The Dust and the Heat by Michael Gilbert is a fascinating thriller - and yet it has hardly ever been discussed. I'm not sure why. I've now read it three times and each time I enjoy it more, and get a better handle on what Gilbert was trying to do in this unusual story. Like The Crack in the Teacup, it's quite close to mainstream fiction in some ways, but it's entertaining from start to finish.
In saying this, I realise that the story may not be to every taste. At one level, it's an account of a long-running corporate vendetta involving industrial espionage, that ends up in a civil court case. Gilbert's legal expertise is much in evidence - early in the story there is a sub-plot involving rights of way, something you don't find in Dick Francis, say, or Len Deighton - and it may be that my own legal interests bias me in favour of Gilbert's clever and original use of (relatively) recondite material.
But even if that is the case, there is much for any reader to savour here in the character study of a ruthless entrepreneur. Oliver Nugent proves to be a formidable and dangerous man of war, and equally menacing in peacetime when he's wearing a suit. At first, you may think that there is something heroic about him, but Gilbert is scrupulous in showing the dangers into which Nugent's single-minded win-at-all-costs philosophy leads him. My guess is that Gilbert was influenced in his portrayal by his own experience of business life, though I'm sure he was far too smart to base the character on a single recognisable individual.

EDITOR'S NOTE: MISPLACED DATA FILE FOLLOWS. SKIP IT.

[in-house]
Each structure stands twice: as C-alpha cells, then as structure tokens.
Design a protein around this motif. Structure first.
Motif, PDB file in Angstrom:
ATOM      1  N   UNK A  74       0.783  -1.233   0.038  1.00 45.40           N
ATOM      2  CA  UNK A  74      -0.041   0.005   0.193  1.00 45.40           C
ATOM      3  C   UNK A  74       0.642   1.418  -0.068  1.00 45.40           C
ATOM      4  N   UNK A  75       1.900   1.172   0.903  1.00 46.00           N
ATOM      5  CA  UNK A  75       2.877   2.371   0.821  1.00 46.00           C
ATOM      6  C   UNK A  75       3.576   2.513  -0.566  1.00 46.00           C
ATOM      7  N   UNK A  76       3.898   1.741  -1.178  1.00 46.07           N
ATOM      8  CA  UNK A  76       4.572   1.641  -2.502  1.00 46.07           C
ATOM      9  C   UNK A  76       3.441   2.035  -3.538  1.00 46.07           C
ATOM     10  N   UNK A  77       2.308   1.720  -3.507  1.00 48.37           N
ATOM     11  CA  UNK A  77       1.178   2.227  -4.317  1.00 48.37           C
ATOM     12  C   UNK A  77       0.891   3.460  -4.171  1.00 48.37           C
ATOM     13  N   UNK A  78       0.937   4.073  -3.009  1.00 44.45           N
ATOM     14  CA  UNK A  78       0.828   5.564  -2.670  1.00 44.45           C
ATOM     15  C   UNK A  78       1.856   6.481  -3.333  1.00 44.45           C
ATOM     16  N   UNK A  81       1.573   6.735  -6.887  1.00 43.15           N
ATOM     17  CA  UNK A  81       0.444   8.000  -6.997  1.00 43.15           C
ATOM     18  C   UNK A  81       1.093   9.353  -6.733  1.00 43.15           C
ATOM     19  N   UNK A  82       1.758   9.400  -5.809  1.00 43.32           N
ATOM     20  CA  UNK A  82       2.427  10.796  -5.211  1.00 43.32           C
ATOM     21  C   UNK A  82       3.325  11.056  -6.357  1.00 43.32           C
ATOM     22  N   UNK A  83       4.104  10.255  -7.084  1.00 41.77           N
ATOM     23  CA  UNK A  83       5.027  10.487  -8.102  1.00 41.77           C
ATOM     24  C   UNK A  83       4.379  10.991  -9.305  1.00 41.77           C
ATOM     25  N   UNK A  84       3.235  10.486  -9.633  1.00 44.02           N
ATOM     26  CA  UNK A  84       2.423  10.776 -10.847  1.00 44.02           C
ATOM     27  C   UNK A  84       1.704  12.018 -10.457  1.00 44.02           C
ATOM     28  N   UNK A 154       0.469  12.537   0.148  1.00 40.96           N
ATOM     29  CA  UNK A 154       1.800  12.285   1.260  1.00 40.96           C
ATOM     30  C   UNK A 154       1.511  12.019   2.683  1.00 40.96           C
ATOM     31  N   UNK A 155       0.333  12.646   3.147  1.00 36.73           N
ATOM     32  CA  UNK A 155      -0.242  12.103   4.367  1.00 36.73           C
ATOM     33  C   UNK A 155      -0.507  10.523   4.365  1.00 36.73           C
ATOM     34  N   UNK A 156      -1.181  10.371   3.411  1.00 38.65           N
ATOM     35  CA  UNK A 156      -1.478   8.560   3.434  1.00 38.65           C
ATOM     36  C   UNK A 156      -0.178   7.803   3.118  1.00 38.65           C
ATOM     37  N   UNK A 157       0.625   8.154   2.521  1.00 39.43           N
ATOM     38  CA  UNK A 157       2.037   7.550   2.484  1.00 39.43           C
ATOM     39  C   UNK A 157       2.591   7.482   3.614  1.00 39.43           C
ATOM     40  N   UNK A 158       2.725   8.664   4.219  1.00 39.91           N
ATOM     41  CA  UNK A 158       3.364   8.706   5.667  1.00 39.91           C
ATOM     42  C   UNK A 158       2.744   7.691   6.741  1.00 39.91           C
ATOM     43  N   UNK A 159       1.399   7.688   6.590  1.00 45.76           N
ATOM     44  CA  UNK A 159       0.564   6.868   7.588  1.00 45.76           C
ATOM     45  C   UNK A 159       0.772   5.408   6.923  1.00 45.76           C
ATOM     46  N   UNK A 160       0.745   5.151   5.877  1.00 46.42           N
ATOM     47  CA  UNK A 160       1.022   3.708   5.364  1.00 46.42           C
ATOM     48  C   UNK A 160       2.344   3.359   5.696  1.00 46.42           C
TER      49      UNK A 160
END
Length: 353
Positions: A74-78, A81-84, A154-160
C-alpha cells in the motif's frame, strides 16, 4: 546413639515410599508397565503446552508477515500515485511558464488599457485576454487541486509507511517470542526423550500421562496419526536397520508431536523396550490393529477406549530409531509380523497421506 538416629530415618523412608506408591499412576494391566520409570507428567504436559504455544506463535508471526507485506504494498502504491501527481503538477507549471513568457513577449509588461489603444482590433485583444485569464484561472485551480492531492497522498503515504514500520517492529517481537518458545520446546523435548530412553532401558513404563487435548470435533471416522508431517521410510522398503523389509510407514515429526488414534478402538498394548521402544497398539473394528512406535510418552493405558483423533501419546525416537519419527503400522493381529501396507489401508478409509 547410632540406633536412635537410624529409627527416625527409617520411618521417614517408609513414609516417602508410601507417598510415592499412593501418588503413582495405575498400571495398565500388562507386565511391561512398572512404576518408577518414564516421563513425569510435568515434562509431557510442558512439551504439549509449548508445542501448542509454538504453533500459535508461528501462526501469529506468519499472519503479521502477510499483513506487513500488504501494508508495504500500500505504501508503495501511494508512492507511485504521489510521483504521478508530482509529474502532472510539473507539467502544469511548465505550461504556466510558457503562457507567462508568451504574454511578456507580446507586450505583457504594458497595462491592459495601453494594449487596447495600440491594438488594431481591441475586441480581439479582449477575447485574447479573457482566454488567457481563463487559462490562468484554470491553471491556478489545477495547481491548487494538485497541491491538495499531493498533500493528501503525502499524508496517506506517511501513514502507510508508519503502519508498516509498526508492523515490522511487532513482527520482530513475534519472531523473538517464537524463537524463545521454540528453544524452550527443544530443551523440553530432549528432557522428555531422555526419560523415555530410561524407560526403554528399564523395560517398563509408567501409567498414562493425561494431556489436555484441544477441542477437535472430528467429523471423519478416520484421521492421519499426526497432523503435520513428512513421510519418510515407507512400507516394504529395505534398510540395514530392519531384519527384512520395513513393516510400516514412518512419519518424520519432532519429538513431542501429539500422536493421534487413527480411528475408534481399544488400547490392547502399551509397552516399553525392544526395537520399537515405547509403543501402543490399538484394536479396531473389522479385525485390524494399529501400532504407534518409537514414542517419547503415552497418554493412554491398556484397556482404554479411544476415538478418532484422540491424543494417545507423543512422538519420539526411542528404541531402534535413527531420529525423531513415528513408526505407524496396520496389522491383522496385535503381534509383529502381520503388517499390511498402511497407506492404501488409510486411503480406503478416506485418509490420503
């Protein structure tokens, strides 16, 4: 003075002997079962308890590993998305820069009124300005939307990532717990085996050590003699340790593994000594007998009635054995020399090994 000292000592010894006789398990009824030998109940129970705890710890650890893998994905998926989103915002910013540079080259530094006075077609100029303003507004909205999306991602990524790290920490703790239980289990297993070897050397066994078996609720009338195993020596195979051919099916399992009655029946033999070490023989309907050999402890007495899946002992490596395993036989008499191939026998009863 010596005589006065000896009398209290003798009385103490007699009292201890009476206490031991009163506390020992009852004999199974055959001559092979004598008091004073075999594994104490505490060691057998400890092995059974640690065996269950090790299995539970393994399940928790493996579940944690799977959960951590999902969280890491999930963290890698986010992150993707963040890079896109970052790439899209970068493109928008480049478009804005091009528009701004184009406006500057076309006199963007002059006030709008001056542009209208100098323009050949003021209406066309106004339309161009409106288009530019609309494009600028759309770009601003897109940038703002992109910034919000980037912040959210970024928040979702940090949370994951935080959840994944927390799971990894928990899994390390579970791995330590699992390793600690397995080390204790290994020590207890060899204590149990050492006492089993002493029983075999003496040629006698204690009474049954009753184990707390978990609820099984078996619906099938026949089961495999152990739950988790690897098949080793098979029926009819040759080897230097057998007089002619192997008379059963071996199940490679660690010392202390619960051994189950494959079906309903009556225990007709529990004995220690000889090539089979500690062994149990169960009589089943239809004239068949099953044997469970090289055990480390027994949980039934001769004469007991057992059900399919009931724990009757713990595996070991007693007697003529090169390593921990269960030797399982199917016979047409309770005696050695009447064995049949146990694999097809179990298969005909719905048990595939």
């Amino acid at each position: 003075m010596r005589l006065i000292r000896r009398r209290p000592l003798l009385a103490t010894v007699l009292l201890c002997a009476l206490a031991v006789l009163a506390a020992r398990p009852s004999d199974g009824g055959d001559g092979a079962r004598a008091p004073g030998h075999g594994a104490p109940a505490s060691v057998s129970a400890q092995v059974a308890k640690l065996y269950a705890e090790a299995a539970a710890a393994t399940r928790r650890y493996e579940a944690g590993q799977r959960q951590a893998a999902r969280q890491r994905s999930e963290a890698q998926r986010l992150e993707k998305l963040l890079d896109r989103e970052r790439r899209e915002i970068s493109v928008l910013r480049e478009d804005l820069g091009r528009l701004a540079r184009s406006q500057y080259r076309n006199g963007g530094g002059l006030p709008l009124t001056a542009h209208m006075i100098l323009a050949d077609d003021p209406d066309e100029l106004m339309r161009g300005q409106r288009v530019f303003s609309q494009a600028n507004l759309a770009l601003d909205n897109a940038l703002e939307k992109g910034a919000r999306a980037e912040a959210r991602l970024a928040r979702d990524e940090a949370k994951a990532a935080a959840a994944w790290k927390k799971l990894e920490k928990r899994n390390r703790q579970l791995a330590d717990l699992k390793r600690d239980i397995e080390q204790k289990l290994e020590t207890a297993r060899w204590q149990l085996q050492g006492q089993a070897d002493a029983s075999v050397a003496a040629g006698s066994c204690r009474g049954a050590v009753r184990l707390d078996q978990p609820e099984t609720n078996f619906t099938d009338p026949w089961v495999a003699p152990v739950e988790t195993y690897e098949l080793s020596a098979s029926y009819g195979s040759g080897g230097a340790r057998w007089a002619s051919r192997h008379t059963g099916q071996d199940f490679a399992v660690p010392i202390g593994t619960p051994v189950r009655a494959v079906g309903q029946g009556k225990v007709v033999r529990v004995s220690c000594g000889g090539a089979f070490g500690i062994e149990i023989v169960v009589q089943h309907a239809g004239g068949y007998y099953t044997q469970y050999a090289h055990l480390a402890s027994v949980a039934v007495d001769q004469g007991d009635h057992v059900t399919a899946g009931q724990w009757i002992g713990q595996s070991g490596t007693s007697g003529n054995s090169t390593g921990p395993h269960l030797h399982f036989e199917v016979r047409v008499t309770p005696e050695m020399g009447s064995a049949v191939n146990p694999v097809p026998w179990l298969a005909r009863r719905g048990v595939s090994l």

The book begins with a postscript, and although the action is spread over years, the writing is taut and engaging. We don't learn enough, perhaps, about Nugent's German wife, despite her connection with a key character who lurks in the background throughout, but as usual with Gilbert, most of the minor characters are sketched with verve as well as economy. Again, as is common with Gilbert, the finale is rather low-key. This is a technique of his which used to puzzle me, but now I can see more merit in it. And there is plenty of action, though he doesn't dwell on the various acts of violence.
There is quite a bit in the story about advertising, with nice satire of competive advertising. One thing is for sure: Gilbert was deeply, deeply sceptical about advertising. When, later in his life, I got to know him, he wrote engagingly to me on this subject; because I was a lawyer of a younger generation, who always believed that it was inevitable and right in the modern era that solicitors would be allowed to advertise, I didn't share his views, but there was undoubtedly some force in his reservations. He was a wise man as well as a very good writer.